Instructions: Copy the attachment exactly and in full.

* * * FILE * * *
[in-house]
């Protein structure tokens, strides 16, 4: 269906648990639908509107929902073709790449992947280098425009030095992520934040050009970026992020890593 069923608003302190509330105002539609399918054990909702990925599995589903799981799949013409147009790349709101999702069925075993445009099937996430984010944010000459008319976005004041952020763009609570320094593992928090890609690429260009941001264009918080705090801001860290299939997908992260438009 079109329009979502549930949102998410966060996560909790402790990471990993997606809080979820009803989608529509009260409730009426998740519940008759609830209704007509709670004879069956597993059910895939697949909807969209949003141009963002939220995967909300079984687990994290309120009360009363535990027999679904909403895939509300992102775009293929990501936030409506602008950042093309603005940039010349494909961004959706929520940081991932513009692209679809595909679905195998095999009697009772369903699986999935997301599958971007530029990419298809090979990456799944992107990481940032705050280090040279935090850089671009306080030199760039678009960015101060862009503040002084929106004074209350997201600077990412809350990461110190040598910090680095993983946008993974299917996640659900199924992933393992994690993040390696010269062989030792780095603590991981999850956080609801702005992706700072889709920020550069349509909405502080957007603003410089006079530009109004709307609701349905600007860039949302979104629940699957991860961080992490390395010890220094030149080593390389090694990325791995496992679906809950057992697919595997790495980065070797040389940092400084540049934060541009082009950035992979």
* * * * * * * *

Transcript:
[in-house]
């Protein structure tokens, strides 16, 4: 269906648990639908509107929902073709790449992947280098425009030095992520934040050009970026992020890593 069923608003302190509330105002539609399918054990909702990925599995589903799981799949013409147009790349709101999702069925075993445009099937996430984010944010000459008319976005004041952020763009609570320094593992928090890609690429260009941001264009918080705090801001860290299939997908992260438009 079109329009979502549930949102998410966060996560909790402790990471990993997606809080979820009803989608529509009260409730009426998740519940008759609830209704007509709670004879069956597993059910895939697949909807969209949003141009963002939220995967909300079984687990994290309120009360009363535990027999679904909403895939509300992102775009293929990501936030409506602008950042093309603005940039010349494909961004959706929520940081991932513009692209679809595909679905195998095999009697009772369903699986999935997301599958971007530029990419298809090979990456799944992107990481940032705050280090040279935090850089671009306080030199760039678009960015101060862009503040002084929106004074209350997201600077990412809350990461110190040598910090680095993983946008993974299917996640659900199924992933393992994690993040390696010269062989030792780095603590991981999850956080609801702005992706700072889709920020550069349509909405502080957007603003410089006079530009109004709307609701349905600007860039949302979104629940699957991860961080992490390395010890220094030149080593390389090694990325791995496992679906809950057992697919595997790495980065070797040389940092400084540049934060541009082009950035992979």